The NF-?B transcription factor is part of a signaling pathway involved in the regulation of cell growth, differentiation and cellular survival. NF-?B activity is often found deregulated in diseases associated with chronic inflammation. Accumulating evidence suggest that NF-?B also functions in skeletal muscle disorders, and its involvement and mechanisms of action in several of these disorders are now beginning to defined. Our approach to furthering our insight in how NF-?B participates in muscle disease is to ascertain on a more basic level how this signaling pathway functions in regulating skeletal muscle differentiation. Results revealed that NF-?B participates in myogenesis through two signaling pathways, referred to as the classical and alternative. Whereas the classical is constitutively active in proliferating myoblasts and inhibits differentiation through multiple mechanisms, alternative signaling is induced during myogenesis, and functions not in myotube formation, but rather in promoting mitochondrial biogenesis and maintaining myotube homeostasis. The goal of this current application is to perform a more in depth analysis of the alternative pathway by elucidating the mechanism and relevance in regulating mitochondrial biogenesis and oxidative metabolism in differentiating muscle cells. Towards this goal we seek to perform the following three specific aims: 1) Determine the molecular mechanism by which alternative signaling regulates mitochondrial biogenesis in differentiating muscle cells;2) Determine whether regulation of mitochondrial biogenesis by alternative NF-?B signaling is relevant in vivo;and 3) Elucidate the mechanism by which the alternative pathway becomes activated during myogenesis. Since mitochondrial dysfunction is often associated with muscle disorders, broadening our understanding of alternative NF-?B signaling in myogenesis may shed additional insight in how NF-?B participates in skeletal muscle disease.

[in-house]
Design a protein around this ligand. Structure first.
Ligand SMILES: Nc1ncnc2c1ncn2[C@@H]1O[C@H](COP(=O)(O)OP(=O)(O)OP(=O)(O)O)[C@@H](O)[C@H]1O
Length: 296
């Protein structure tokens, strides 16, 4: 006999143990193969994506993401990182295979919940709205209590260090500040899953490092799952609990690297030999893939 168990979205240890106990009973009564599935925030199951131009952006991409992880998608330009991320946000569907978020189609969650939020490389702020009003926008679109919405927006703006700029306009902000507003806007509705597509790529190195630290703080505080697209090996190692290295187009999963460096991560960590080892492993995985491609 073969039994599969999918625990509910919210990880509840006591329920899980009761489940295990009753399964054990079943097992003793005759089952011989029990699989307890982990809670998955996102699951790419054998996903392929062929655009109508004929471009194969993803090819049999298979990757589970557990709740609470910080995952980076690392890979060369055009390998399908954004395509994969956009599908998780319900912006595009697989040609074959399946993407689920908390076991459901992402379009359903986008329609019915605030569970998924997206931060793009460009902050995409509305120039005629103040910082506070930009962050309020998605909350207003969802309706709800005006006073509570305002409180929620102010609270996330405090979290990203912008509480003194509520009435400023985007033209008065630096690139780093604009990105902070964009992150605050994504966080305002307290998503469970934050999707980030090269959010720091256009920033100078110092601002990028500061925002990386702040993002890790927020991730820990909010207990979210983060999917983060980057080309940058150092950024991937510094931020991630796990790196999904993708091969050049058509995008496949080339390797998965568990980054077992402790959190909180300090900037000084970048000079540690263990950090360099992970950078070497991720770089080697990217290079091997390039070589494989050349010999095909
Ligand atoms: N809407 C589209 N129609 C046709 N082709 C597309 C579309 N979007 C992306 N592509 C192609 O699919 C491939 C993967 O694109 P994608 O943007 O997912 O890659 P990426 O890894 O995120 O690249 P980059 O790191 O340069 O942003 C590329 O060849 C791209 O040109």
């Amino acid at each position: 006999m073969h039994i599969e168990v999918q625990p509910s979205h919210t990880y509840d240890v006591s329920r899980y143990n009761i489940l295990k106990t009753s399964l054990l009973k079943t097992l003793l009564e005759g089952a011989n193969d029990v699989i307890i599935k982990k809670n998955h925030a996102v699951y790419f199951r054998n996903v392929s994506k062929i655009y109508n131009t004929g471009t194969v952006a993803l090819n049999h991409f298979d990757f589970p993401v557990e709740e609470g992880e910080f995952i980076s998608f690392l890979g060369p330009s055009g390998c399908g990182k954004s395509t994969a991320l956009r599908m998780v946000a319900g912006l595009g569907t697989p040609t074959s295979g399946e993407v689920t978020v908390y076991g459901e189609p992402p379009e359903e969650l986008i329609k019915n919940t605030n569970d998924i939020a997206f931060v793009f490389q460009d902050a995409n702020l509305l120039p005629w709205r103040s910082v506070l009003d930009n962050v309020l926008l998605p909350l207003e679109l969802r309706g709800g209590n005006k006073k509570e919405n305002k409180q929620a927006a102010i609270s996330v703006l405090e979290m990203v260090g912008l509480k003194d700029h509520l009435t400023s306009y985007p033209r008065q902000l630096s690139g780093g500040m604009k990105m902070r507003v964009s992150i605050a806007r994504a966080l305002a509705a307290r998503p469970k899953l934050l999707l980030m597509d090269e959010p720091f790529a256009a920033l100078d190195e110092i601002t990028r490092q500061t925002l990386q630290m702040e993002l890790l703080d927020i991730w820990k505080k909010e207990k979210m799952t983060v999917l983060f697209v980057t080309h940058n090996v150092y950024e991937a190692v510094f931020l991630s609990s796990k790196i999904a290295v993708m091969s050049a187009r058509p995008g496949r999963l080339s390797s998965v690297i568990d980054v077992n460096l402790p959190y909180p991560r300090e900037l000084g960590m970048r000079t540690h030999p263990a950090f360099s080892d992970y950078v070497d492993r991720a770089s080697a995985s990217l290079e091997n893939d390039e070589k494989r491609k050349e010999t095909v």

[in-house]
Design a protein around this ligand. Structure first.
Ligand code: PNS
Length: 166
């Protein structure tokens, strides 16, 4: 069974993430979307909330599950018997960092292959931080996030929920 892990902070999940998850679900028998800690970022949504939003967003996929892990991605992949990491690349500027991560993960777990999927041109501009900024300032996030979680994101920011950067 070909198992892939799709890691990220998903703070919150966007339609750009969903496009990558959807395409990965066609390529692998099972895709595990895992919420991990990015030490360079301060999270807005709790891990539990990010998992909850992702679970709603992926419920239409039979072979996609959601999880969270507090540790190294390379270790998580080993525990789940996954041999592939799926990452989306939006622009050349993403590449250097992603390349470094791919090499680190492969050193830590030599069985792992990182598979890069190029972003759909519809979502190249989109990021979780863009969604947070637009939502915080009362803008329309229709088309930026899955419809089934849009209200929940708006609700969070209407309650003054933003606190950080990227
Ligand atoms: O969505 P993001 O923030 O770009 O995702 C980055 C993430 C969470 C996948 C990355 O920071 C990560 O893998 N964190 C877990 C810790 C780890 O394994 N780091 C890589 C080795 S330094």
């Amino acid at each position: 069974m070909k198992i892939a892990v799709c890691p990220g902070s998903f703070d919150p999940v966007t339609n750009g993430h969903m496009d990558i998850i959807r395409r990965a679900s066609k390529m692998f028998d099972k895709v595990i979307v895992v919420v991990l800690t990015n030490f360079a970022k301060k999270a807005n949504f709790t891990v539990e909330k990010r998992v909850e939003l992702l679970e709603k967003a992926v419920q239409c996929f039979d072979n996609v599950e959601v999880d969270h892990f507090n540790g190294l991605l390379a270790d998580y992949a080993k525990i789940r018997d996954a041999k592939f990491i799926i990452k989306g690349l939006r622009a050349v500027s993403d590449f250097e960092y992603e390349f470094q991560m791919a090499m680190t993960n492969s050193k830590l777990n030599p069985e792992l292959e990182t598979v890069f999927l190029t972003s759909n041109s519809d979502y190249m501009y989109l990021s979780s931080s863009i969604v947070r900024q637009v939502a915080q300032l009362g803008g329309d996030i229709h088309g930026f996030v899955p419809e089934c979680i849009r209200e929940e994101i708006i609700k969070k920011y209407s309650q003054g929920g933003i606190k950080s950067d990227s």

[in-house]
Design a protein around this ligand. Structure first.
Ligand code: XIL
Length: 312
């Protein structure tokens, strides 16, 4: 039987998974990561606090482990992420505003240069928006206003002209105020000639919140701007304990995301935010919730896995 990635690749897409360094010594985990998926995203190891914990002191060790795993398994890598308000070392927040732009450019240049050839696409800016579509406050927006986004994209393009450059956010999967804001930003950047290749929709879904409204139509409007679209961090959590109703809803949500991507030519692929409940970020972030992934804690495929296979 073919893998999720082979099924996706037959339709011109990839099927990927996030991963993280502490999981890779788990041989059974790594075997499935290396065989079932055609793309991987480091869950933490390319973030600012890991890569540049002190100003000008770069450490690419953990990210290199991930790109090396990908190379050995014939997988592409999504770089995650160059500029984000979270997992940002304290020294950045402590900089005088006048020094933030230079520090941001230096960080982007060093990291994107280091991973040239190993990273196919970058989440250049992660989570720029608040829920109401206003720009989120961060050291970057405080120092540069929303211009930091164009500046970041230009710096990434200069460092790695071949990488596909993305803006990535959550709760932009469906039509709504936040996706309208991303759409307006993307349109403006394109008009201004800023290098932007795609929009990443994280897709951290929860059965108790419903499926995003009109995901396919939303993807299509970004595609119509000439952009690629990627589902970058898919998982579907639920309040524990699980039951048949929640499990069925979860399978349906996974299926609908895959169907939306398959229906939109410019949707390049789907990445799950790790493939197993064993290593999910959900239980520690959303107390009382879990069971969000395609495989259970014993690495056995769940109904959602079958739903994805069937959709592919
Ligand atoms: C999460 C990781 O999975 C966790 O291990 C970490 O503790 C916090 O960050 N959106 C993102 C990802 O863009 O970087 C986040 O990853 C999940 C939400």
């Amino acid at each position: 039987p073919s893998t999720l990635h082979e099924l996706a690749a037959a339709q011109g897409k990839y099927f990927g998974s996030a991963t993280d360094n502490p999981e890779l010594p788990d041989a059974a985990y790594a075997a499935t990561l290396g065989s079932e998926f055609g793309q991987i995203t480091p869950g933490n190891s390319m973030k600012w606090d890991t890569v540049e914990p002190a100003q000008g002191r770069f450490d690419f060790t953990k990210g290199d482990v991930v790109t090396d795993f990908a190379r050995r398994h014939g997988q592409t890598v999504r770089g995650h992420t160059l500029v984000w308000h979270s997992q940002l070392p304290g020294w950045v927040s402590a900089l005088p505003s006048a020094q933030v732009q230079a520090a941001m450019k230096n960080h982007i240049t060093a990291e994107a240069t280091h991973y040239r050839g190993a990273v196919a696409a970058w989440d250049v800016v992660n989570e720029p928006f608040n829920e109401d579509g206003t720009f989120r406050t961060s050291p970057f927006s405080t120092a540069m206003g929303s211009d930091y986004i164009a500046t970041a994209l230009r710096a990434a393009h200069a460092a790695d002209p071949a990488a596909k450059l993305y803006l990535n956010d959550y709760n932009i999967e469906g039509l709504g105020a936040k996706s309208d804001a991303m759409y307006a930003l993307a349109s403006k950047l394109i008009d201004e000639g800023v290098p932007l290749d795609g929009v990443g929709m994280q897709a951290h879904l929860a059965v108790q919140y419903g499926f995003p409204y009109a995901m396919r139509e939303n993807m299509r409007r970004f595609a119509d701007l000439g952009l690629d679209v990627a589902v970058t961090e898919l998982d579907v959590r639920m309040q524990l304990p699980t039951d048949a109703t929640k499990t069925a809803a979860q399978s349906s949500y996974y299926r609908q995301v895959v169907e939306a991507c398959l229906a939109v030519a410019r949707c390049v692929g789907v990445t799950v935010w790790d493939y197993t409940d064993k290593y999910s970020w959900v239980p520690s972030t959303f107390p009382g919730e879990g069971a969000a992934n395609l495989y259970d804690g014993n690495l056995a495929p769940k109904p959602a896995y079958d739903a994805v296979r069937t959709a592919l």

NF-?B/IKK signaling functions by two pathways that regulate skeletal muscle differentiation. The alternative signaling pathway appears to function in differentiating cells to regulate mitochondrial biogenesis and oxidative respiration. This proposal will examine in greater detail the molecular mechanism and in vivo significance of NF-?B/IKK alternative signaling in regulating mitochondrial biogenesis as well as the mechanism by which this pathway is activated during skeletal muscle differentiation.
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